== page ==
Michigan State UniversityObservatory
Telescope images

Public Observing

When is the next public observing night?

The calendar of events for the observatory is here. Be sure to check out our Facebook page as well.

How much does public observing cost?

It's free!

Where is the observatory? Where can I park?

The observatory is located next to the Ag Pavilion at the corner of Forest Rd and College Rd. Free parking is available just before the entrance and anywhere in the grass along the drive to the observatory, as indicated on the map below. (Click here for a full-size version.)

Can I look through the observatory telescope?

Yes. The large 24-in telescope is open to the public and will point to various objects throughout the evening. Many smaller telescopes will also be set up near the observatory entrance for public use.

Is public observing wheelchair accessible?

Our 24-in telescope is not accessible, as it is upstairs without an elevator. However, we usually have additional telescopes set up outside the building on the ground floor, which are indeed wheelchair accessible.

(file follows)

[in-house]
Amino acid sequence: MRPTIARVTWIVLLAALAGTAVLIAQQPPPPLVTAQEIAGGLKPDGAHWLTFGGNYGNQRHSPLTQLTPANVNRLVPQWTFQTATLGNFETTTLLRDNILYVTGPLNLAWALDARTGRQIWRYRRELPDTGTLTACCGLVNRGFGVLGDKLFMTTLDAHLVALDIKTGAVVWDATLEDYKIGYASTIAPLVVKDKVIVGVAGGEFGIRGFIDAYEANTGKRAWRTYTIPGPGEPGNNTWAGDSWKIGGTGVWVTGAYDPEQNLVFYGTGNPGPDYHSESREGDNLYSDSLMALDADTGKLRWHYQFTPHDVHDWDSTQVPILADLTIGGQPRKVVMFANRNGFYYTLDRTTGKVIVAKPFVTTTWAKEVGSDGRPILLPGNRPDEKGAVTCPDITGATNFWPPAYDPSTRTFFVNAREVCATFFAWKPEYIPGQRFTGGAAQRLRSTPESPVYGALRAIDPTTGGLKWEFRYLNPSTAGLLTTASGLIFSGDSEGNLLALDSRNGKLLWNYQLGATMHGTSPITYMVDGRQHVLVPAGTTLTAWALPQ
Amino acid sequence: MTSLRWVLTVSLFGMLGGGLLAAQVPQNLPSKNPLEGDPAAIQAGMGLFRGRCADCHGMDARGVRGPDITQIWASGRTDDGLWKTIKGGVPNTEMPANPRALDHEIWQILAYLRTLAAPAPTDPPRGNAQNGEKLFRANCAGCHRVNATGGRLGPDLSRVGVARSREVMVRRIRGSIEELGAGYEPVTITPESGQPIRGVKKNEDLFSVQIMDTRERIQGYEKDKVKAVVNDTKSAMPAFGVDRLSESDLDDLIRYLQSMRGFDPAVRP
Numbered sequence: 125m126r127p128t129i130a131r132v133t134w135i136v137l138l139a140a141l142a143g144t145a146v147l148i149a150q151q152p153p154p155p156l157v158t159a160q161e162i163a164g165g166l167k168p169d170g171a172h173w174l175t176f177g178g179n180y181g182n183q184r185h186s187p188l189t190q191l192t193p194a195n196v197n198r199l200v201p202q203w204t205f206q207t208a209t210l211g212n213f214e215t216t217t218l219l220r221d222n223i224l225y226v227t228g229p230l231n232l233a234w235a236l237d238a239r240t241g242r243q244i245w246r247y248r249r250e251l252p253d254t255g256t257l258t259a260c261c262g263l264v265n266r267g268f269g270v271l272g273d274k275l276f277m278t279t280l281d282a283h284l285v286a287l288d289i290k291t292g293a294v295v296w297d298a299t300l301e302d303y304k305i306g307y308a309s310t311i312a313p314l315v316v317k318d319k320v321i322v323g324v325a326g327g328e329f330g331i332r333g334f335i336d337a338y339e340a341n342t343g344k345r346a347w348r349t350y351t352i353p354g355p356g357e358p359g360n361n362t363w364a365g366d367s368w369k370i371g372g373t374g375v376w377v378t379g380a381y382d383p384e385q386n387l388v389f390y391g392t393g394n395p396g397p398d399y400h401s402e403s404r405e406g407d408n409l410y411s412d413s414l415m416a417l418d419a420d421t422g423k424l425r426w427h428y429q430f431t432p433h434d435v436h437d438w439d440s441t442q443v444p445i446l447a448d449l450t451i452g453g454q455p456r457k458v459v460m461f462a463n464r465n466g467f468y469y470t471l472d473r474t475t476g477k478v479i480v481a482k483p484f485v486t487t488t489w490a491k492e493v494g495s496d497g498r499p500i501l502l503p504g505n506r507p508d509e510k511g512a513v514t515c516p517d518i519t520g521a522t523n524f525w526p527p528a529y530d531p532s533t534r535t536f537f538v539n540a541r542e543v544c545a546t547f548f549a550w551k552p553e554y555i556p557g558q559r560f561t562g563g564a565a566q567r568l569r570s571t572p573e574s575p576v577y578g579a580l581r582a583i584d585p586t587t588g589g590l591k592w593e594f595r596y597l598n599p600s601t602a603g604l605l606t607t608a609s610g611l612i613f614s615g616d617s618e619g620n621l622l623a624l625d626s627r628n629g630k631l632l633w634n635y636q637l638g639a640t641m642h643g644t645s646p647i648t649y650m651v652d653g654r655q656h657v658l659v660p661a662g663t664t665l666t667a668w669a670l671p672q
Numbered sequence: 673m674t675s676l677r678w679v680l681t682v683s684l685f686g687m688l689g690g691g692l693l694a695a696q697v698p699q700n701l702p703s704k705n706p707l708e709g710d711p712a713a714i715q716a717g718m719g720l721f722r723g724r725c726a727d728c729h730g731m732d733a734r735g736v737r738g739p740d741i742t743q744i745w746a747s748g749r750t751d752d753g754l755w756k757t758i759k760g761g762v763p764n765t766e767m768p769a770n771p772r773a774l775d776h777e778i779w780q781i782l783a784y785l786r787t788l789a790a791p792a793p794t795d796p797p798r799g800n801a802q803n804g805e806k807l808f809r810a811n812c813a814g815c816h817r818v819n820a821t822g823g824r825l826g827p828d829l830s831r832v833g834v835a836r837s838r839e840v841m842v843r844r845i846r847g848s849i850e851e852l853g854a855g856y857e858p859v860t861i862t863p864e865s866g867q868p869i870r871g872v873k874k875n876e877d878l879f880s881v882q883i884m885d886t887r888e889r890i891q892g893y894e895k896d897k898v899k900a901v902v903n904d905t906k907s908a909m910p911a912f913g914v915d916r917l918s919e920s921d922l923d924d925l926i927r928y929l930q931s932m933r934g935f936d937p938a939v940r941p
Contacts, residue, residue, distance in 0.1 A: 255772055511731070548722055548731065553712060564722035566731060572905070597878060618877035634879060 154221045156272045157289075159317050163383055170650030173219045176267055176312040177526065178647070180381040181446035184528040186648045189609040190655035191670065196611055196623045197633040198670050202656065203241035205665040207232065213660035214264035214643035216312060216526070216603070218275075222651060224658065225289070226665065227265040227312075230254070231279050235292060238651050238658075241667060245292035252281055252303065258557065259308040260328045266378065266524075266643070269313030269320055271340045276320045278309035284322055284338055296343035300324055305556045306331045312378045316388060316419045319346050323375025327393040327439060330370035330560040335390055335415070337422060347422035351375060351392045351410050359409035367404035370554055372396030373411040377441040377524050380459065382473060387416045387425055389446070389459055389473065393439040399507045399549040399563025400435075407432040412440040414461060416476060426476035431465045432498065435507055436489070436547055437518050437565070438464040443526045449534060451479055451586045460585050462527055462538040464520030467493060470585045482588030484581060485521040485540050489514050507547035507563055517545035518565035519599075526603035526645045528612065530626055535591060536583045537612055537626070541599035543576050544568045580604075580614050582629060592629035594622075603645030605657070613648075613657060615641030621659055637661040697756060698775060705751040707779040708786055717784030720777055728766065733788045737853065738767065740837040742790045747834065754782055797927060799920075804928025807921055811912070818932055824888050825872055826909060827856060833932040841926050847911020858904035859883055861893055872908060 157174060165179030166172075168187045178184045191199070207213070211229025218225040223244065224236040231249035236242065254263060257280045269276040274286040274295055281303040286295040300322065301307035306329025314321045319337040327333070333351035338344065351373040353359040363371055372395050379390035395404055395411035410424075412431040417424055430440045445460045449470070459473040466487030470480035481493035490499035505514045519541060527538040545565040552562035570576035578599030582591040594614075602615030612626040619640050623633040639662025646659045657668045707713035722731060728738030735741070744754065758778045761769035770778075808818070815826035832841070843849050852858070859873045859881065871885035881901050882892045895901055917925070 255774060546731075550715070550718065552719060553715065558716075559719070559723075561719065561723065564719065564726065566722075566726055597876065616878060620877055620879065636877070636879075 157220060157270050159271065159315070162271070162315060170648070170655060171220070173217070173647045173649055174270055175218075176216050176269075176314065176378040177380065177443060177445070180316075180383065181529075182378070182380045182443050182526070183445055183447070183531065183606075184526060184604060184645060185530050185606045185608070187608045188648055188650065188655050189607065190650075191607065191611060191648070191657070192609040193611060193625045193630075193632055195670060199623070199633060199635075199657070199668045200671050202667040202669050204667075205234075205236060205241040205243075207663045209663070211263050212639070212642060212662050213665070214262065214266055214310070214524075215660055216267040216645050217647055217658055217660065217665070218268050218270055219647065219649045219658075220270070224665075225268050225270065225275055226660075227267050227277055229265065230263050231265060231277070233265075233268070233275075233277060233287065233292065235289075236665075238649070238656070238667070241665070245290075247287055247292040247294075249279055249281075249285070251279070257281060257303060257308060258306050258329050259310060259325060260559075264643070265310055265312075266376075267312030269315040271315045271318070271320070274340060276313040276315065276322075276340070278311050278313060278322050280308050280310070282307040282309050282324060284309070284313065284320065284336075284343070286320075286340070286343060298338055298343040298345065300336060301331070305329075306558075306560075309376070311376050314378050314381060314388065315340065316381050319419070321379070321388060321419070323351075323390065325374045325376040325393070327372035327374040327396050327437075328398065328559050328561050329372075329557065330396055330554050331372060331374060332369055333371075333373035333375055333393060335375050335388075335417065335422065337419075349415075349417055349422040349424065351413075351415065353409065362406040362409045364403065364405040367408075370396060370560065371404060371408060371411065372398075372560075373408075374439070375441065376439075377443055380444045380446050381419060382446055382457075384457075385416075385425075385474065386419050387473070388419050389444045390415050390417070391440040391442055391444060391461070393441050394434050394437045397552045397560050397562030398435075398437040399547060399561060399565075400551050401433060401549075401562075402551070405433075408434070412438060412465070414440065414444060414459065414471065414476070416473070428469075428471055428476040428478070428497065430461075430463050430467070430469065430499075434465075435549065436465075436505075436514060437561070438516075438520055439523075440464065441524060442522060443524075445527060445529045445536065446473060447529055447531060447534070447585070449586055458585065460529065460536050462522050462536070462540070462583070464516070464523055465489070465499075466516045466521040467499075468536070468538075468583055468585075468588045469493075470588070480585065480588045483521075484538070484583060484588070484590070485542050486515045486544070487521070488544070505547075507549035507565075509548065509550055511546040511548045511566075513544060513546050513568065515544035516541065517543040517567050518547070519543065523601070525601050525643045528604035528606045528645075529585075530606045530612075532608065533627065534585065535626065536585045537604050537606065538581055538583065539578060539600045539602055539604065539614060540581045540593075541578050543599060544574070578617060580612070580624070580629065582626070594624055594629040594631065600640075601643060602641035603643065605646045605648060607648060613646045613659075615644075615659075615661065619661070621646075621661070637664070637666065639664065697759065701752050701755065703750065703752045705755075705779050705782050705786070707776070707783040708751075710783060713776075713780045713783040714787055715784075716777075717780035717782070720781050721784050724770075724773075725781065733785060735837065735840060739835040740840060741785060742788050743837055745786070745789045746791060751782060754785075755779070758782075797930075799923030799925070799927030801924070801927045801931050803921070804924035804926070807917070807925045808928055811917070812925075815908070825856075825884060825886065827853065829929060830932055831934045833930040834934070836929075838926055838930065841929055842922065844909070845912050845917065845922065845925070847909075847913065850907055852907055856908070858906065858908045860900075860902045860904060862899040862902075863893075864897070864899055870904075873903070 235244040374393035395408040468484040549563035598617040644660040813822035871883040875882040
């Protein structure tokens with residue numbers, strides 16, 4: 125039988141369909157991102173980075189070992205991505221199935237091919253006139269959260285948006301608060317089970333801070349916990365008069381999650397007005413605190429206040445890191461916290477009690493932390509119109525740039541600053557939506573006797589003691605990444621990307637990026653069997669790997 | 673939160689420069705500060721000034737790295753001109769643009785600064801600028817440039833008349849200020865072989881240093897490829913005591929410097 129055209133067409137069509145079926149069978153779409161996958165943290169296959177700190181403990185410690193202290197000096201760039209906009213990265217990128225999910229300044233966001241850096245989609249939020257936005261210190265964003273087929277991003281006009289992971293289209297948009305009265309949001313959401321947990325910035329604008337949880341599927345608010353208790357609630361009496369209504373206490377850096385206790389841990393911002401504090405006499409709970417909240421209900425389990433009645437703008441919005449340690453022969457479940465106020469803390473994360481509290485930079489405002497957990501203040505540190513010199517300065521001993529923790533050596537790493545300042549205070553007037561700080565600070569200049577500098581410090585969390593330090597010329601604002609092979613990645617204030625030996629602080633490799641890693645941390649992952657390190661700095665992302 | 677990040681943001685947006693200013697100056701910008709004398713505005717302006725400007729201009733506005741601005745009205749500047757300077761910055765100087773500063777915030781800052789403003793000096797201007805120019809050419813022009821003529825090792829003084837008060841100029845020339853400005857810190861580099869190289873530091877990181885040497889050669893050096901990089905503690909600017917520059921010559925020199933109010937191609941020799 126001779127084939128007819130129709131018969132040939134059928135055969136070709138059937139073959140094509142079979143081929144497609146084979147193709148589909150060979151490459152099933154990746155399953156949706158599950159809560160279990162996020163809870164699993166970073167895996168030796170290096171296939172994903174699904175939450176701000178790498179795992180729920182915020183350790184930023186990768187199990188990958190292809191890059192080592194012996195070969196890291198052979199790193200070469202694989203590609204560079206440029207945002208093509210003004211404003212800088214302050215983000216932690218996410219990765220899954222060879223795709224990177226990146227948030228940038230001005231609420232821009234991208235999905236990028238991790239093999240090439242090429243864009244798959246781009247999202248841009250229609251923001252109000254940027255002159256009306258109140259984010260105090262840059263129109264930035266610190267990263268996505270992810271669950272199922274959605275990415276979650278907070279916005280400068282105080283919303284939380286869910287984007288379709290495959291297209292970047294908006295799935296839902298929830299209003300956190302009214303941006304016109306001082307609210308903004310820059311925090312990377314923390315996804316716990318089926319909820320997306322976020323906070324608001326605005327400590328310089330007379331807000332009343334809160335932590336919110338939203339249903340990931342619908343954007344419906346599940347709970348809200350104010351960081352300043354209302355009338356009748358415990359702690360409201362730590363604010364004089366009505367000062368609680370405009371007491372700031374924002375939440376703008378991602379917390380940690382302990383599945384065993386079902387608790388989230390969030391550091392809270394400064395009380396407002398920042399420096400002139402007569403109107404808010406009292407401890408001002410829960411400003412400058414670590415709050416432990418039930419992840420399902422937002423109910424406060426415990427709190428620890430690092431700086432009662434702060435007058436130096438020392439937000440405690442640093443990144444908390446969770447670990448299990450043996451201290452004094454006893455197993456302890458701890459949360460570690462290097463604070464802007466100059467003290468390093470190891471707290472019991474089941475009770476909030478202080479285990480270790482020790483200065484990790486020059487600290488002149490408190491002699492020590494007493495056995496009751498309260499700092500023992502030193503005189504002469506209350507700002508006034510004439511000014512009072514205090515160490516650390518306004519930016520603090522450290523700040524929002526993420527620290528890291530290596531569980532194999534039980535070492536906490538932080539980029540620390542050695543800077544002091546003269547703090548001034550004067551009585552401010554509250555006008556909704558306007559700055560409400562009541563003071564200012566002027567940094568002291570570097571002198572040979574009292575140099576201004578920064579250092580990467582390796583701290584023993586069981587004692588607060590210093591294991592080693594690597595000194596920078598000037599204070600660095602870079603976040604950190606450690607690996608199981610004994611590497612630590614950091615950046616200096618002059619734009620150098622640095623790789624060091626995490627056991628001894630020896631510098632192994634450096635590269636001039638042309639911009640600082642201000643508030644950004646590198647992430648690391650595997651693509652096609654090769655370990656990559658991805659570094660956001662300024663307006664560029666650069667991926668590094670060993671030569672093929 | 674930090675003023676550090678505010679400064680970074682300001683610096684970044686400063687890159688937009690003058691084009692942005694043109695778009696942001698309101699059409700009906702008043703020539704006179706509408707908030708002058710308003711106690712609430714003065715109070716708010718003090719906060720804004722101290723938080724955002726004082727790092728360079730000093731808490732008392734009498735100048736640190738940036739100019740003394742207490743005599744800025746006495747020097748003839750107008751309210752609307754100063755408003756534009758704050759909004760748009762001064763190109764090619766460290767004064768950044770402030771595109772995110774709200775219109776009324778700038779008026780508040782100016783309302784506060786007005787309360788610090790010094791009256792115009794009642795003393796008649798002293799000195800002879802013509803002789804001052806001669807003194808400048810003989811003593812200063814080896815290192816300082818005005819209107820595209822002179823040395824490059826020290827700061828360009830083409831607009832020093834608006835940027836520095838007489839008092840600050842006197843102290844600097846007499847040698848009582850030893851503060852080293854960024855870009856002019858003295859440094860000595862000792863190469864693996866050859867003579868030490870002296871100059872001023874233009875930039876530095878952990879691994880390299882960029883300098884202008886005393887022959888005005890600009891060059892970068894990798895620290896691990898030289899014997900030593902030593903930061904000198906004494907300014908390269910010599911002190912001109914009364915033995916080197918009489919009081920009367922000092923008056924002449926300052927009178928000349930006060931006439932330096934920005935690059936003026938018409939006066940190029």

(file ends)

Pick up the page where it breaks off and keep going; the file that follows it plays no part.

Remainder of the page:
Are young children able to look through the telescope?

Absolutely. We have step stools so viewing can be done by all ages and heights.

What can I expect to see?

Objects in the sky are seasonal. Possible objects include the Moon, planets, star clusters, nebulae, and galaxies.

What time should I arrive?

Observing usually starts at 9pm and ends at 11pm. During the summer, we start observing at 9:30pm.

Under what conditions will you cancel observing?

We will cancel if the sky is entirely overcast with no chance of clearing, or if precipitation is likely. If we do cancel, we’ll send out an alert on Twitter and post our status on Facebook.

Can I bring my own telescope?

You are welcome to bring your own telescope. You can find detailed information about the site and observing conditions on our “for astronomers” page.

Did you know?

Between 1986 and 2008, approximately 32,000 members of the general public attended the observatory's open houses.

These public observing nights are co-sponsored by the MSU Physics & Astronomy Department, Abrams Planetarium, and the Capital Area Astronomy Association.